Oil has lost almost 80% this year as the coronavirus outbreak vaporised demand for everything from gasoline to crude despite global efforts to stem the spread
Crude extended its slide to near $10 a barrel as exchange-traded funds and indexes flee the volatility of nearby futures contracts following the market’s plunge below zero last week.
Futures fell in New York after losing more than $4 on Monday. S&P Dow Jones said it will roll all of its West Texas Intermediate crude contracts for June into July on Tuesday, due to the risk that June prices go negative. The United States Oil Fund LP is also selling all of its WTI June contracts, while several other ETFs have said they will sell near-term contracts and buy later ones.
The moves are depressing near-term WTI prices versus those further out, with June futures now more than $7 below July. The US benchmark is also about $9 cheaper than global benchmark Brent futures as a result of the selling, which has seen holdings in the June contract fall by more than 40%.
Oil has lost more than 80% this year as the coronavirus outbreak vaporized demand for everything from gasoline to crude despite global efforts to stem the spread. The world’s biggest producers have pledged to slash daily output from the start of next month to try and balance the market, but the collapse in consumption has led to a swelling glut that’s testing storage limits worldwide. US producers have started making crude deliveries to the nation’s emergency stockpile as storage space runs out.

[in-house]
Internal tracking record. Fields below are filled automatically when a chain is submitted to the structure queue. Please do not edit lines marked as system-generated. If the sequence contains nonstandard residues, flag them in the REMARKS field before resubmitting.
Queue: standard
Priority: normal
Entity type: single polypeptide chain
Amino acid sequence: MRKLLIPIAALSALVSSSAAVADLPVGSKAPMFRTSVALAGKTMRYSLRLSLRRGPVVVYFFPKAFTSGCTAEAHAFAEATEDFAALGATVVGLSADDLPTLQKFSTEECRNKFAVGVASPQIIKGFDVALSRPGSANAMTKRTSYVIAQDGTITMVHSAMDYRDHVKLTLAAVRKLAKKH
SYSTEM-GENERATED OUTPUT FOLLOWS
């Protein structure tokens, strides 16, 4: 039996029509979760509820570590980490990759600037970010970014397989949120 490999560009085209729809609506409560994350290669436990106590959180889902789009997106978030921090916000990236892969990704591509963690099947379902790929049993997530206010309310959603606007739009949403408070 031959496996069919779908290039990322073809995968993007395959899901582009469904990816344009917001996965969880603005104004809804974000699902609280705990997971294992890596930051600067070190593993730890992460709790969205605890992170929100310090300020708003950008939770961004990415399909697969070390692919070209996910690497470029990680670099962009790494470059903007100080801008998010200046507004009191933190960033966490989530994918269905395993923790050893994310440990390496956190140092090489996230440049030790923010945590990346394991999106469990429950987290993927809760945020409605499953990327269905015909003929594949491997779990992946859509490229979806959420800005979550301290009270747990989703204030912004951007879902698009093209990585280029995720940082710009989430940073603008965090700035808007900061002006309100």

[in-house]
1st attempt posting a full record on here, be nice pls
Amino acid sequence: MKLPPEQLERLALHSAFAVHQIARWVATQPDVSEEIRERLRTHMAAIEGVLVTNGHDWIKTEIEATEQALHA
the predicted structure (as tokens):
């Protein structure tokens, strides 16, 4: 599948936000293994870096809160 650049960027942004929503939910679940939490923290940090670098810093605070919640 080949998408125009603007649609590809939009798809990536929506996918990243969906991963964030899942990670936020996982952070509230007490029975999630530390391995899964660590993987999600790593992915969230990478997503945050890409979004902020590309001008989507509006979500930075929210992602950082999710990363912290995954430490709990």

“We are seeing the exodus away from the Nymex WTI June contract growing,” said BNP Paribas’ head of commodity-markets strategy Harry Tchilinguirian. The move is “still motivated by the risk of negative prices that can emerge with the testing of storage capacity limits at Cushing,” the US storage hub in Oklahoma.
The US Oil Fund is moving its money to contracts spread between July 2020 and June 2021 due to new limits imposed upon it by regulators and its broker. The ETF has changed its investment policy five times in the last two weeks.
In order to avoid Cushing from becoming more than 90% full in May and June, total production shut-ins would have to equate to 1 million barrels a day this month, according to JPMorgan Chase & Co.
US producers have delivered 1.1 million barrels of crude into the Strategic Petroleum Reserve this month. On April 14, the Energy Department said it was negotiating leasing deals with nine companies, with most of the oil to be delivered in May and June. It’s part of a plan by the Trump administration to help drain the nation’s growing glut of crude as commercial storage quickly fills up.